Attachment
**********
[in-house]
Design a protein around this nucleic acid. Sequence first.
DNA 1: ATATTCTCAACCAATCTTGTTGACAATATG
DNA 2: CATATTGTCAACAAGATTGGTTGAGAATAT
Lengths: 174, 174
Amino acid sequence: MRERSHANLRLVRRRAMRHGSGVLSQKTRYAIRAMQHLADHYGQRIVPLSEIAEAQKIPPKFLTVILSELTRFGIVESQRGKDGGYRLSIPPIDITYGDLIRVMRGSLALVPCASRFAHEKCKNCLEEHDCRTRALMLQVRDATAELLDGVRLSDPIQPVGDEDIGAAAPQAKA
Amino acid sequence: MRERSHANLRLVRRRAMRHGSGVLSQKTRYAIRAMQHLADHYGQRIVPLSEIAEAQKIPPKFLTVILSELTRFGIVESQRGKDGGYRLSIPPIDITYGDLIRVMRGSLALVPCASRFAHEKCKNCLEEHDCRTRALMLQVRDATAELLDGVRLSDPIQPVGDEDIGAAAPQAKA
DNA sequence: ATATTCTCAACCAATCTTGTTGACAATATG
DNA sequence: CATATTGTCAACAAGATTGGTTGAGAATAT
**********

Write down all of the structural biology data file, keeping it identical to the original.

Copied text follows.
[in-house]
Design a protein around this nucleic acid. Sequence first.
DNA 1: ATATTCTCAACCAATCTTGTTGACAATATG
DNA 2: CATATTGTCAACAAGATTGGTTGAGAATAT
Lengths: 174, 174
Amino acid sequence: MRERSHANLRLVRRRAMRHGSGVLSQKTRYAIRAMQHLADHYGQRIVPLSEIAEAQKIPPKFLTVILSELTRFGIVESQRGKDGGYRLSIPPIDITYGDLIRVMRGSLALVPCASRFAHEKCKNCLEEHDCRTRALMLQVRDATAELLDGVRLSDPIQPVGDEDIGAAAPQAKA
Amino acid sequence: MRERSHANLRLVRRRAMRHGSGVLSQKTRYAIRAMQHLADHYGQRIVPLSEIAEAQKIPPKFLTVILSELTRFGIVESQRGKDGGYRLSIPPIDITYGDLIRVMRGSLALVPCASRFAHEKCKNCLEEHDCRTRALMLQVRDATAELLDGVRLSDPIQPVGDEDIGAAAPQAKA
DNA sequence: ATATTCTCAACCAATCTTGTTGACAATATG
DNA sequence: CATATTGTCAACAAGATTGGTTGAGAATAT